Council bosses have amended their improvement plans for Sheffield General Cemetery following strong opposition from campaigners and nature charities.
Sheffield Council has reduced the number of car parking spaces proposed as part of the application from 14 to four after more than 4,000 people signed a petition against the proposals.
Those living near the site also formed the Save Our Green Open Spaces Sheffield (SOGOSS) campaign group to fight the plans for the Sharrow site.
Lisa Firth, Sheffield Council's head of parks and countryside, said: "We have reviewed the feedback and decided to revise our proposals to include only three Blue Badge parking spaces within the cemetery and one space outside the Gatehouse entrance.
“The original car parking proposals responded to needs identified during the project consultation. Many people told us that a lack of parking discouraged them from visiting the park.
“Parts of the park are steep and therefore restrictive for older people and wheelchair users. We have decided that parking for blue badge holders was necessary to ensure that people with a disability would not be discriminated against when it came to visiting the park.
“The proposed car parking provision will be designed to complement the historic setting, bollards will be used to prevent vehicular access into the wider cemetery park."
The council said the scheme, which would include conservation works on listed walls and monuments, landscape improvements, new signage and lighting, would lead to the site being removed from Historic England's 'Heritage At Risk' register.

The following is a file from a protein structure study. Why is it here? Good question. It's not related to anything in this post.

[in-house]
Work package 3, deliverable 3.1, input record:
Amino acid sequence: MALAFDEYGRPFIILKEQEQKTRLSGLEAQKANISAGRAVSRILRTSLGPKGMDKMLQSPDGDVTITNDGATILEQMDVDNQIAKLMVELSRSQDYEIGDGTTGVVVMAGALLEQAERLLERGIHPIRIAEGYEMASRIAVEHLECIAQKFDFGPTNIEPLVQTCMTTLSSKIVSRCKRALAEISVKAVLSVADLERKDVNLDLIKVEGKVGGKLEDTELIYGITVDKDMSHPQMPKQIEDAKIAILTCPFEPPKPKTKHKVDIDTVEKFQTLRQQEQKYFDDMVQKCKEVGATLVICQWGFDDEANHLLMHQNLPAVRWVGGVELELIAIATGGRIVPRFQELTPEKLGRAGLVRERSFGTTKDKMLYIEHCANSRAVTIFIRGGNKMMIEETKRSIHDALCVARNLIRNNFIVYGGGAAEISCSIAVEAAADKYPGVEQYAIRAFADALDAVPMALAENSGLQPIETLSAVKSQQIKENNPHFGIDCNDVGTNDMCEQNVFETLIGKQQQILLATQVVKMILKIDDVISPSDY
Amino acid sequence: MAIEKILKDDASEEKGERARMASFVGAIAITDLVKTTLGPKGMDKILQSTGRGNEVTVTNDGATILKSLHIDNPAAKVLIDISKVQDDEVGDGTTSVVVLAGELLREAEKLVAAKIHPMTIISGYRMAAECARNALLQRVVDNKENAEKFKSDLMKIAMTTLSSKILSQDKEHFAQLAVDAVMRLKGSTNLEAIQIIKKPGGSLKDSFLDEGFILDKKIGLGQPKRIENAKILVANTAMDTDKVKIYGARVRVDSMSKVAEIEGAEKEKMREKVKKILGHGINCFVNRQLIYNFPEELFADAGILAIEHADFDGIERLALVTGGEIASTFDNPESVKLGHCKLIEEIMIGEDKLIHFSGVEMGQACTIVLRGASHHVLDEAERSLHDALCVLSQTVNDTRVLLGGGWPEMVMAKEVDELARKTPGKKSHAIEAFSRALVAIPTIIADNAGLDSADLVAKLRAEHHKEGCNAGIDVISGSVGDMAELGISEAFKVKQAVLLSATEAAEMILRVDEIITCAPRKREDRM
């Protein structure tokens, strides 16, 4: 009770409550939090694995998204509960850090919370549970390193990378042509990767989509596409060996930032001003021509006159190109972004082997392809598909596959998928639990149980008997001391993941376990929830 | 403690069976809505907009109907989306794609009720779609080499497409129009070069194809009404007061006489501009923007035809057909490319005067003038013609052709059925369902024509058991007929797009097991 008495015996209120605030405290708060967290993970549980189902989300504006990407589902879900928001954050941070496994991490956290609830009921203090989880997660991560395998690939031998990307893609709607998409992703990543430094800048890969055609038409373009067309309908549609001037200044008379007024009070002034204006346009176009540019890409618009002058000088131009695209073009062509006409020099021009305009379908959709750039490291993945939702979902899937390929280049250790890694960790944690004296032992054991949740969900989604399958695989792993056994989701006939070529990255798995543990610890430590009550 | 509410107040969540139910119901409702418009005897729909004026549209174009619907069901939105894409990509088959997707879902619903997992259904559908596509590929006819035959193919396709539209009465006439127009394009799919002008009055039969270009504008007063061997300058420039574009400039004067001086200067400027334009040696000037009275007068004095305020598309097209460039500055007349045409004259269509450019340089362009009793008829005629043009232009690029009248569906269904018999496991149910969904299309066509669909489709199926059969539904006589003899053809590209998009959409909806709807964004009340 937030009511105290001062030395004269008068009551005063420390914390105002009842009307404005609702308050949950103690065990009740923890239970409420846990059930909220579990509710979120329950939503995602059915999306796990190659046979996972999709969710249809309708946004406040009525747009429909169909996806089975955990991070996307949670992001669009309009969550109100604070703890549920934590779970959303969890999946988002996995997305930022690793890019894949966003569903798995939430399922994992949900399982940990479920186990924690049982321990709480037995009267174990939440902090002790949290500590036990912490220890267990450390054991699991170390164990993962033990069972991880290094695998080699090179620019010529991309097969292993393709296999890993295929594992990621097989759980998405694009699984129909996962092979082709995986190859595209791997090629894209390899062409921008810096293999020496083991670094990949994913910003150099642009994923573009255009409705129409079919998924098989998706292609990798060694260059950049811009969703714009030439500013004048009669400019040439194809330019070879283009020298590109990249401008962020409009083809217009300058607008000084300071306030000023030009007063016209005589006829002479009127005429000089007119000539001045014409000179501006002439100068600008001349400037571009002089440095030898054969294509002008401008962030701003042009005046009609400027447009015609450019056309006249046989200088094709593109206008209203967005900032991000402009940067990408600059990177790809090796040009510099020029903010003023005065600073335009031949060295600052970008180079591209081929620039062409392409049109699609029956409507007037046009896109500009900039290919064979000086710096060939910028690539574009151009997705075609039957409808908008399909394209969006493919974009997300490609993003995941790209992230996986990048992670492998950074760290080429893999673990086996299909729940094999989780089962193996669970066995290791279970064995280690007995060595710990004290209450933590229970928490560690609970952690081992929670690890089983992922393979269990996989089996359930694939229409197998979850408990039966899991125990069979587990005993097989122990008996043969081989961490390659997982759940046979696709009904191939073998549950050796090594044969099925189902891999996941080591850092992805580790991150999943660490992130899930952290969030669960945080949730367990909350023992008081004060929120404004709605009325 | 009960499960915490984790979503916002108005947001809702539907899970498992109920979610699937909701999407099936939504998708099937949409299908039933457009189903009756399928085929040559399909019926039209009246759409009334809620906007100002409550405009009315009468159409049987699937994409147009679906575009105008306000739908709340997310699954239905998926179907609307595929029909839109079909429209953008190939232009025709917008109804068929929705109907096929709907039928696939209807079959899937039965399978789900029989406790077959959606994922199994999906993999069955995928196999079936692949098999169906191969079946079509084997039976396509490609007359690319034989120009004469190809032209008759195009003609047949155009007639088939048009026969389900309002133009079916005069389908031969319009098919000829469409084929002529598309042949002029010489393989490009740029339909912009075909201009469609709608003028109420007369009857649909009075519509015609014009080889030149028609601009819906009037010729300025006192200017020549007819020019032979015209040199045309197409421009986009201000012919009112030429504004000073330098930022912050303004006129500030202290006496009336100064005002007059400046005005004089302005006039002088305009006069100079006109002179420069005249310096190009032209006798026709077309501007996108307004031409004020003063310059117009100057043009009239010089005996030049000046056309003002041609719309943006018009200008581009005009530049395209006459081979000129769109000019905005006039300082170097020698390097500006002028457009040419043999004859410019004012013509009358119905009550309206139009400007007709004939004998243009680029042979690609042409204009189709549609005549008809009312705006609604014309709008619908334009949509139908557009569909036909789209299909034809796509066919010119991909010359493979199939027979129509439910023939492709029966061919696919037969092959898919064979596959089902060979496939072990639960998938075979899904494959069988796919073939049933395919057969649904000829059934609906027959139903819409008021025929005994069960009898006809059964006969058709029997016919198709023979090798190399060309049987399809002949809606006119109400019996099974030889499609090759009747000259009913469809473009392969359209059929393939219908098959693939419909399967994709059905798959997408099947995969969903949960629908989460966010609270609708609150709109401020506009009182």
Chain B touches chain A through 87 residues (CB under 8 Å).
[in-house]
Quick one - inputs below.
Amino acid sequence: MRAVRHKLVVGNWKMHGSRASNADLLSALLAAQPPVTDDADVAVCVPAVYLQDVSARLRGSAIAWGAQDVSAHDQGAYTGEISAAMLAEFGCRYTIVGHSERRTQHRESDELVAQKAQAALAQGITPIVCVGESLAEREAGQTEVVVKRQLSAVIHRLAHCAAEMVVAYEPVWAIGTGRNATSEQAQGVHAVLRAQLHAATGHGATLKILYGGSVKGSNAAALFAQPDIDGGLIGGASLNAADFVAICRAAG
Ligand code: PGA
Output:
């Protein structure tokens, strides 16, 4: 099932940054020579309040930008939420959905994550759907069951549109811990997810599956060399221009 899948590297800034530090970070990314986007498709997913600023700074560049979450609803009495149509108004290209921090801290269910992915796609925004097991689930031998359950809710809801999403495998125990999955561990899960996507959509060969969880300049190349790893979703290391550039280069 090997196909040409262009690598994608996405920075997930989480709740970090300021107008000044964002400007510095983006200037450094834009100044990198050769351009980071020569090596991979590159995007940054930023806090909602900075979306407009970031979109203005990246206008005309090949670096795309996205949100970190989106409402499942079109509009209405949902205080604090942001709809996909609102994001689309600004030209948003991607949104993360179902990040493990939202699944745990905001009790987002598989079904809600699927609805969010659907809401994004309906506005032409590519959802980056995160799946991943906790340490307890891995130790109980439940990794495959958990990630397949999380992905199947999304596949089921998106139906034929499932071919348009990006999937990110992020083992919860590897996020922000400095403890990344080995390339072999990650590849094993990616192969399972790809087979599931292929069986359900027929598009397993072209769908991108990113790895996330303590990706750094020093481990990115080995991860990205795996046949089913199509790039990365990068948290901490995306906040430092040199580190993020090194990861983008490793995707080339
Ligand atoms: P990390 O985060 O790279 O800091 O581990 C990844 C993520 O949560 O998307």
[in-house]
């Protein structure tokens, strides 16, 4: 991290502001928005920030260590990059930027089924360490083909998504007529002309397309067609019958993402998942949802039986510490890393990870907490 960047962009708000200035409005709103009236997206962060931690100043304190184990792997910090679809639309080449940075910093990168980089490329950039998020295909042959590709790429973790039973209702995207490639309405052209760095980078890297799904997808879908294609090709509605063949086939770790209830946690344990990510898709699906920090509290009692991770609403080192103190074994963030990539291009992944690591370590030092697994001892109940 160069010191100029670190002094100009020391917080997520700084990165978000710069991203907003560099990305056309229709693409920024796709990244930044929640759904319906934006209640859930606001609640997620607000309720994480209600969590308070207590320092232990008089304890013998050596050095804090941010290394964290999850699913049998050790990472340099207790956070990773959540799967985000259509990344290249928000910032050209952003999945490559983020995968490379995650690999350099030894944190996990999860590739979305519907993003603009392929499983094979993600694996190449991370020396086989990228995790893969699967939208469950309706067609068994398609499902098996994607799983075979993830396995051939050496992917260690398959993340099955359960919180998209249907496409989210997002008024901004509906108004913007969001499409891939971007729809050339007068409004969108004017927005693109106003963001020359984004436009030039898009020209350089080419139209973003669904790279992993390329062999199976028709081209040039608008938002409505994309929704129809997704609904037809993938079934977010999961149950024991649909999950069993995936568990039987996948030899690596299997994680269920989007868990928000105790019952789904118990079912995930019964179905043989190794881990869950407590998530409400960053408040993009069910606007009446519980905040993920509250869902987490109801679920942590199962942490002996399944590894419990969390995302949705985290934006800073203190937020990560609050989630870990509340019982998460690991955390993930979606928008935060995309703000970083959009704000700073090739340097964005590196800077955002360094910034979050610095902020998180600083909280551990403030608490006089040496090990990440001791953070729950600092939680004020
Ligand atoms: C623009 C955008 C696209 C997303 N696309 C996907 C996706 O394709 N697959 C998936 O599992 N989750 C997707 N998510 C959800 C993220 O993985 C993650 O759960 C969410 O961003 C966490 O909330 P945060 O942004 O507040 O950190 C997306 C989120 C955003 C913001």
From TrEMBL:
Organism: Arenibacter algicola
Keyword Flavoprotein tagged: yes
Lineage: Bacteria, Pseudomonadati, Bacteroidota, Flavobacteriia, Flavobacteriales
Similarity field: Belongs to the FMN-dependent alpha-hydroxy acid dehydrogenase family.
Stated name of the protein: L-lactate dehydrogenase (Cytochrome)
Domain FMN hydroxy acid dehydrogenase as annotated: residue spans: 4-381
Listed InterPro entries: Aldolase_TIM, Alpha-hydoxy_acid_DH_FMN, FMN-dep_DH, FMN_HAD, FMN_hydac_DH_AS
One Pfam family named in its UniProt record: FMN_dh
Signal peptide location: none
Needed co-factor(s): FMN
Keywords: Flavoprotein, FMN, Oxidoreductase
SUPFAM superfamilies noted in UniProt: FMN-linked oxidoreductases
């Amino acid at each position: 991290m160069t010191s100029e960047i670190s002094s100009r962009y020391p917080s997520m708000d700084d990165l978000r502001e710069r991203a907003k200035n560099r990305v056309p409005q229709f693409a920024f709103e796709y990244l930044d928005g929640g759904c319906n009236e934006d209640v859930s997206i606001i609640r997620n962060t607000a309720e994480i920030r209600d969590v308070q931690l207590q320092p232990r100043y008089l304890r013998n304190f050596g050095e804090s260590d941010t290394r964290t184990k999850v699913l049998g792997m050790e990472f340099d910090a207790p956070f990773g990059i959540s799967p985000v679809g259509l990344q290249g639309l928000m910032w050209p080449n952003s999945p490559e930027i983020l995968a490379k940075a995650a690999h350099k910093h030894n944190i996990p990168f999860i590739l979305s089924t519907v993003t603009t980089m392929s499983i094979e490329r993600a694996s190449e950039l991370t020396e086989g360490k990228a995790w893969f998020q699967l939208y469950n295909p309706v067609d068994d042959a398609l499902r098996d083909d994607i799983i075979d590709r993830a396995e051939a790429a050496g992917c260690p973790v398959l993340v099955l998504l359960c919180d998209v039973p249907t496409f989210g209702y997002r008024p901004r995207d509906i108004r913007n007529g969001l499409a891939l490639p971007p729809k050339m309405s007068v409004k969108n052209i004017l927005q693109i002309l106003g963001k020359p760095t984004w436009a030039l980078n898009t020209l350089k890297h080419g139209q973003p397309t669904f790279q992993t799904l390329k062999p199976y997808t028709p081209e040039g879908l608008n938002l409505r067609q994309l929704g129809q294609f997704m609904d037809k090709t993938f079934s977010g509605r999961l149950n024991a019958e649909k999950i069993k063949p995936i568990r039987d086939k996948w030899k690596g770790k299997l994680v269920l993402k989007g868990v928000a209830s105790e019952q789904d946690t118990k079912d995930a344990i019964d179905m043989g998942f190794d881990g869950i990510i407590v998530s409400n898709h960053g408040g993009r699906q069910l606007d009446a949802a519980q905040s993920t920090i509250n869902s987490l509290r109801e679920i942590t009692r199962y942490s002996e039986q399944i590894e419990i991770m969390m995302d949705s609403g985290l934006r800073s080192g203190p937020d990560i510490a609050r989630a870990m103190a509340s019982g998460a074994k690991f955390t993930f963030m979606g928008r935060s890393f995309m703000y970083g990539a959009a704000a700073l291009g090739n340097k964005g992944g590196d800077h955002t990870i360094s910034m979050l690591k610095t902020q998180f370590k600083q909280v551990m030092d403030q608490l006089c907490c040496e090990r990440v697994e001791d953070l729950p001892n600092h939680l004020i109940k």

But SOGOSS members said they were concerned over the installation of a car park within the Cemetery Avenue site and the re-routing of footpaths through it, which would lead to 'healthy' trees being felled.
Eileen Evans, of Cemetery Road, who helped set up SOGOSS, said the group would hold another meeting next week to look through the amendments to the application.
She said: "We want to just take a bit of time to articulate that because it's very positive on the one hand but we want to have proper look at what it really means."
Ms Evans said parking could be provided outside of the cemetery site on Cemetery Road and Stalker Lees Road.
"Having a car park on site would eat into the cemetery by at least a quarter and that would have a big impact both aesthetically and on people's enjoyment of the green space," she added.
"The Botanical Gardens doesn't have a car park and people can cope up there and it's much busier."